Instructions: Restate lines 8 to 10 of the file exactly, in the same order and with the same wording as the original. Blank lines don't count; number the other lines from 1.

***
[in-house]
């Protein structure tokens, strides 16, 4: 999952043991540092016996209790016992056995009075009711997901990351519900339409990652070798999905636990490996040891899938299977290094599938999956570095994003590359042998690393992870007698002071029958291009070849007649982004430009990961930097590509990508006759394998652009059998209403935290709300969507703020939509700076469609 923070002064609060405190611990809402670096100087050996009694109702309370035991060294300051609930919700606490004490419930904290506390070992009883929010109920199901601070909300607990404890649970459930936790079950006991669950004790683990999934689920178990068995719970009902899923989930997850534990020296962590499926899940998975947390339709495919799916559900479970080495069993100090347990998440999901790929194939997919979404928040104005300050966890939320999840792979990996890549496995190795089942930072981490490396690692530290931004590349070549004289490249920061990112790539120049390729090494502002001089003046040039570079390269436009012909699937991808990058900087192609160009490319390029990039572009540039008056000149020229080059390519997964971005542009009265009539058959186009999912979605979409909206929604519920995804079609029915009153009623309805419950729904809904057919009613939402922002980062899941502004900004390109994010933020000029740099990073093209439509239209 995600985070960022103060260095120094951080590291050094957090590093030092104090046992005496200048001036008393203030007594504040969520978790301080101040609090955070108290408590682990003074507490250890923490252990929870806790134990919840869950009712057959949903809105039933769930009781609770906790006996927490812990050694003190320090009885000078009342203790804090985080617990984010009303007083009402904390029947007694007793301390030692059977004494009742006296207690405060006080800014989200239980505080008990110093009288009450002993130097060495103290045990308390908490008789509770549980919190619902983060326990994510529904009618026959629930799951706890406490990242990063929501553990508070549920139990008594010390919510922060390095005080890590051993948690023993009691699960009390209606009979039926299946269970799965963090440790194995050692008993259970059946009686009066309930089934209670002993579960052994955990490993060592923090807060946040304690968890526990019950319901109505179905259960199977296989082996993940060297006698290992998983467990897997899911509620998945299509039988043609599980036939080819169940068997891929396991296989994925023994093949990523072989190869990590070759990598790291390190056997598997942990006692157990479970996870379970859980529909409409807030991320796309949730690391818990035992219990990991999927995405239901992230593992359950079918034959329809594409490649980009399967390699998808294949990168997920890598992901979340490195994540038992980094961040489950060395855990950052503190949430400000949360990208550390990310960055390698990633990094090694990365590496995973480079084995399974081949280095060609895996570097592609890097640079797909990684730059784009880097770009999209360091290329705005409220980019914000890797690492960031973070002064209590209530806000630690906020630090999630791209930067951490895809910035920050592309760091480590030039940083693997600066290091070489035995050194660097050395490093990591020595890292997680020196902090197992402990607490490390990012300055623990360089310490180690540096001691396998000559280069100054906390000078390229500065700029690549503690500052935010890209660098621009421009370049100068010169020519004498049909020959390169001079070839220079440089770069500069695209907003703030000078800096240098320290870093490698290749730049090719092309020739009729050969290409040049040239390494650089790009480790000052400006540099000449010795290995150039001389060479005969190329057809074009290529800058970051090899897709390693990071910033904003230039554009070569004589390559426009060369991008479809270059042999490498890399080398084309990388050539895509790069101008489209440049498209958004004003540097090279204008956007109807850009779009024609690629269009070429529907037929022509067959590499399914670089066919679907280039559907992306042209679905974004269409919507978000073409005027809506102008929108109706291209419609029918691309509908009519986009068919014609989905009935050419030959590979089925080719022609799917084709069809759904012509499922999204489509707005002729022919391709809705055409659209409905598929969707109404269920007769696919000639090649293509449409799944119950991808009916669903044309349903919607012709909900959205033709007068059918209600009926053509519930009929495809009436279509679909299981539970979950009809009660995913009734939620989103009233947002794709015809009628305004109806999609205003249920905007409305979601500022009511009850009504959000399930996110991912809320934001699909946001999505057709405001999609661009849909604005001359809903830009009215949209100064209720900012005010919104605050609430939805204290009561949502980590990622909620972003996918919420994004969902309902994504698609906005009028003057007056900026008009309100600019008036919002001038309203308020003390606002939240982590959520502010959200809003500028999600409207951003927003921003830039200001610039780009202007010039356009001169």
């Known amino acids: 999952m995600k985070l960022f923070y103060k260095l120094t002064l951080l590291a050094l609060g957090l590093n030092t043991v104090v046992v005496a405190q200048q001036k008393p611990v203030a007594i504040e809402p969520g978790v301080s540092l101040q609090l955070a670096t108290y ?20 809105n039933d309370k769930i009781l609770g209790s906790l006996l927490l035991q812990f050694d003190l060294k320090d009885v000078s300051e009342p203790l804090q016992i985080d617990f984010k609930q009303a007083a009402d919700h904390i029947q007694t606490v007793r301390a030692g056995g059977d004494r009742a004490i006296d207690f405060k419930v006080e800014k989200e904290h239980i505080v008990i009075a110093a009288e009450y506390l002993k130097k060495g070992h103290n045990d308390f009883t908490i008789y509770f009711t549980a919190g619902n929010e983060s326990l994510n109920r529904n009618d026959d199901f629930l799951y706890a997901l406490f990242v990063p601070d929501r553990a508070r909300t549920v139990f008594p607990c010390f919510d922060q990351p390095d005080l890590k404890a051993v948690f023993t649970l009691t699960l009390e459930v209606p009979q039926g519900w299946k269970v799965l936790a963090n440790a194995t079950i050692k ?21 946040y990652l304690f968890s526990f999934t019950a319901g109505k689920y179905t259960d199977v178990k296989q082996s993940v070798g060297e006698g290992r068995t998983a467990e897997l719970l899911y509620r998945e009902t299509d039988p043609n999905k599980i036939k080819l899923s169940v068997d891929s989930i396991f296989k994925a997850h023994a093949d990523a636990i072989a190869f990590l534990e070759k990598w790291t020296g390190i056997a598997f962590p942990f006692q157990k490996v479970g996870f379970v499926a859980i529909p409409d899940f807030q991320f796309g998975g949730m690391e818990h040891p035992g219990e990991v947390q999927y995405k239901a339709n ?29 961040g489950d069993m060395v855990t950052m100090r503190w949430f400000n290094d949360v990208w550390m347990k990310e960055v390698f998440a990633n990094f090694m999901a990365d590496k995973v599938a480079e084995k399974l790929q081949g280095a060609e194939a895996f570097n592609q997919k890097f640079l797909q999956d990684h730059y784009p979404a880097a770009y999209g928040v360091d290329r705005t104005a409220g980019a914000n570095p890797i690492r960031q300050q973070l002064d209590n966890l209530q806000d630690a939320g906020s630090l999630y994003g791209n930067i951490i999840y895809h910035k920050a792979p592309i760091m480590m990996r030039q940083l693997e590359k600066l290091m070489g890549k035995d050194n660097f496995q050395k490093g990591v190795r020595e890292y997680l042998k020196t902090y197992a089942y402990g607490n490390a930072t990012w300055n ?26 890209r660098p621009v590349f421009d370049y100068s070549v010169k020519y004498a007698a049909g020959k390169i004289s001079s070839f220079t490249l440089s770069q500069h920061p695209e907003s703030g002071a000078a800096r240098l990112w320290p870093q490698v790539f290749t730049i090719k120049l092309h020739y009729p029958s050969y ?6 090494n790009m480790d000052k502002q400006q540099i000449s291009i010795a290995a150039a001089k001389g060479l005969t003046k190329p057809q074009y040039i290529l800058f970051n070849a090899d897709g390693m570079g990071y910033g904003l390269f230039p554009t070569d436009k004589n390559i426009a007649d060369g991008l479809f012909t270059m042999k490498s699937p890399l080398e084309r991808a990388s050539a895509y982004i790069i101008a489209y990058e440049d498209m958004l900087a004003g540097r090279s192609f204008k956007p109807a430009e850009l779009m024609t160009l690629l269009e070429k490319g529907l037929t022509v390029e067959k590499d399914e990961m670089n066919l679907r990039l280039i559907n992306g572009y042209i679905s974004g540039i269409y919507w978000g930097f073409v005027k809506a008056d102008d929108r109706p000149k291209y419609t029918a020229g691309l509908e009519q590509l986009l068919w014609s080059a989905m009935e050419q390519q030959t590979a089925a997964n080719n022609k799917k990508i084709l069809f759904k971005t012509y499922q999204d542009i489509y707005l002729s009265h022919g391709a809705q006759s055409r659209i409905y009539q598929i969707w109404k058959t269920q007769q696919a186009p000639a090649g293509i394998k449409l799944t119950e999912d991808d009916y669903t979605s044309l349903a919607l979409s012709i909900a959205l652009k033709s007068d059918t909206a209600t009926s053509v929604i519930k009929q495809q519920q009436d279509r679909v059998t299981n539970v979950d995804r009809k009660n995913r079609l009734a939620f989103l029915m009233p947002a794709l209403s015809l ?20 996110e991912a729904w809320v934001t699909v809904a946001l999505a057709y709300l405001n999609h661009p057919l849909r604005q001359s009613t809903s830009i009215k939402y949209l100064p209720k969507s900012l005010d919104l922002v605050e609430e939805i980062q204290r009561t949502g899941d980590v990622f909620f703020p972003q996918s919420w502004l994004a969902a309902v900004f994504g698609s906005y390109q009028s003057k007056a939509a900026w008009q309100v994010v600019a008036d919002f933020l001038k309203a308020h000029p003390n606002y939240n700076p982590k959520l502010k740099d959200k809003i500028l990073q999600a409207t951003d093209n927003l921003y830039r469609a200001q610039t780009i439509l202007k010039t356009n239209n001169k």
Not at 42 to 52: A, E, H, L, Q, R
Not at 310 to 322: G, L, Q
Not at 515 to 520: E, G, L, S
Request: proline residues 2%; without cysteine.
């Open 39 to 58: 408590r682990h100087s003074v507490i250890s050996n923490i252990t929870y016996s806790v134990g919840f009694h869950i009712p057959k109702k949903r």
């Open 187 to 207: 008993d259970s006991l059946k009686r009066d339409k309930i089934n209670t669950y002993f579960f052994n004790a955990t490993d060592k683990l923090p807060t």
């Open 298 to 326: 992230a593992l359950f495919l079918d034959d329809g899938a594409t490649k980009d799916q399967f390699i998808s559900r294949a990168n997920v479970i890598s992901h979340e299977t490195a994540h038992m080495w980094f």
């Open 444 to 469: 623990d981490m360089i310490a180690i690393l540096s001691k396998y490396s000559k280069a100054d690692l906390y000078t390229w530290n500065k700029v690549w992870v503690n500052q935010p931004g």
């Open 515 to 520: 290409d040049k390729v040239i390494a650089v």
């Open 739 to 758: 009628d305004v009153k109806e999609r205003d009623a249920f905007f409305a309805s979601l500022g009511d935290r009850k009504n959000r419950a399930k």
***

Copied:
């Open 39 to 58: 408590r682990h100087s003074v507490i250890s050996n923490i252990t929870y016996s806790v134990g919840f009694h869950i009712p057959k109702k949903r």
């Open 187 to 207: 008993d259970s006991l059946k009686r009066d339409k309930i089934n209670t669950y002993f579960f052994n004790a955990t490993d060592k683990l923090p807060t």
């Open 298 to 326: 992230a593992l359950f495919l079918d034959d329809g899938a594409t490649k980009d799916q399967f390699i998808s559900r294949a990168n997920v479970i890598s992901h979340e299977t490195a994540h038992m080495w980094f």